In a lot of ways, this book reminded me of the King short story The Body (which became the film Stand By Me), with its sort episodic look at small town life a few months after the Kennedy assassination. And Cory’s search to find the secret of the dead man in the lake takes on a more serious route, with some hair-raising adventures both by himself and with his boyhood friends.

So while there are tinges of the supernatural within, the book plays out like a typical coming of age story, which also has a murder mystery and a heart pumping thriller at its center. It’s a well-written valentine to growing up before the world really changed in the mid 1960s, when milkmen were facing extinction due to huge grocery stores coming in with their plastic jugs instead of glass. 

A bit over-long, which I seem to comment on a lot, but I’m still glad I found this book not to be what I thought. And it proves that eventually I will get to the books I’ve always wanted to read, even if it took 24 years to do it. It also means, sadly, I’ll never live to read them all.

07 May 2016

Books: Uprooted By Naomi Novik (2015)




After complaining about the humdrum predictability of Michael J. Sullivan’s fantasy The Rivria Revelations series, I then pick up Naomi Novik’s Uprooted and I’m enchanted into a highly designed, almost beguiling fantasy of wizards, Kings, and a wickedness known only as the Wood.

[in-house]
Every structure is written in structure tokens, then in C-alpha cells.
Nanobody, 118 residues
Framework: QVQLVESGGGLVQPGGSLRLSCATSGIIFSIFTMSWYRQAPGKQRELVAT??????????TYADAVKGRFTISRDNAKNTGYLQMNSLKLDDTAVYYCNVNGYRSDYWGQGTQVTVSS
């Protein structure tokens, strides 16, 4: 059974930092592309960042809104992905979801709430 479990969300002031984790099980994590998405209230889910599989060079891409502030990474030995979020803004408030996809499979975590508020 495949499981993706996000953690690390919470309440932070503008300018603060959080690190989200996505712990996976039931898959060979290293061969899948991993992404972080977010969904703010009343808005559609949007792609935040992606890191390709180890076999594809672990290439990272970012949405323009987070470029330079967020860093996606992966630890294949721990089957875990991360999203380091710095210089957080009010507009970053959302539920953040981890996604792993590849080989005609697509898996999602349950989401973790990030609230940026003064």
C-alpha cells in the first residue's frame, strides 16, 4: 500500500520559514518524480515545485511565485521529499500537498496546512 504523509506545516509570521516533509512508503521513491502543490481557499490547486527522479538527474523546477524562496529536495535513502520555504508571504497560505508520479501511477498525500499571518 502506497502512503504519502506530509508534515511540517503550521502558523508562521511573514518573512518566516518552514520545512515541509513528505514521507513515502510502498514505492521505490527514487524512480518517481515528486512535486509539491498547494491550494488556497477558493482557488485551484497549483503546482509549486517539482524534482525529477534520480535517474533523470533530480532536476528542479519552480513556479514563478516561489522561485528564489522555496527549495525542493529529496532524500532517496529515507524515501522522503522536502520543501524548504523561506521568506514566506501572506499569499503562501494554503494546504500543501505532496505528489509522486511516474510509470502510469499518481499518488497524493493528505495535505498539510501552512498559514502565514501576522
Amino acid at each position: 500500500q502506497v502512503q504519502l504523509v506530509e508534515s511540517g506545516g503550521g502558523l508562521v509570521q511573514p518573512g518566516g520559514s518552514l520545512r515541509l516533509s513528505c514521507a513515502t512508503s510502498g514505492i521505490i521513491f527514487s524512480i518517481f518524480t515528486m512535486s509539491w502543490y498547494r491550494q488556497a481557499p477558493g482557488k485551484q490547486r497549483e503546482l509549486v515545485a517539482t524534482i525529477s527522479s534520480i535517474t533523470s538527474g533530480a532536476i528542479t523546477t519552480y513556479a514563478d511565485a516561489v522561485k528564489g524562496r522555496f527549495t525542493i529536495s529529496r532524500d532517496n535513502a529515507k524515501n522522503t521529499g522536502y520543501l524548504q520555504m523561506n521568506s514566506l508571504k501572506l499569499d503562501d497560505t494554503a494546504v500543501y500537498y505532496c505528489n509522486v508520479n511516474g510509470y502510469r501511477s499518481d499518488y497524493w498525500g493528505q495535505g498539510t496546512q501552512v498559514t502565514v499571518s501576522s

“Agnieszka loves her valley home, her quiet village, the forests and the bright shining river. But the corrupted Wood stands on the border, full of malevolent power, and its shadow lies over her life. Her people rely on the cold, driven wizard known only as the Dragon to keep its powers at bay. But he demands a terrible price for his help: one young woman handed over to serve him for ten years, a fate almost as terrible as falling to the Wood. The next choosing is fast approaching, and Agnieszka is afraid. She knows—everyone knows—that the Dragon will take Kasia: beautiful, graceful, brave Kasia, all the things Agnieszka isn’t, and her dearest friend in the world. And there is no way to save her. But Agnieszka fears the wrong things. For when the Dragon comes, it is not Kasia he will choose."

Novik, is a second-generation American; her father is of Lithuanian Jewish ancestry, and her mother is an ethnic Pole. After writing eight books in the Temeraire series (a ninth and final volume is due later this year and one I’ve not read), Novik decided to mine her own parents legacy in folklore and mythology of Eastern Europe for this novel. And while Uprooted certainly carries the many tropes of fantasy novels before, Novik does a splendid job of upsetting the apple cart here on those expectations (something Sullivan did not do, and thus I pass on his other work). Agnieszka (author pronounces it ag-NYESH-kah) does not have an easy life once living with the Dragon. As a matter of fact, it sort of borders on child abuse –and the set pieces through the malevolent Wood are pretty horrible stuff. And while the book could’ve used some humor to offset the darkness, it shines with greatly with wonderful characterization and a new and very original way to present these old stories. 

This appears to be a rare stand-alone fantasy novel, which I liked in many ways. But if Ms Novik were to continue, I might be inclined to follow.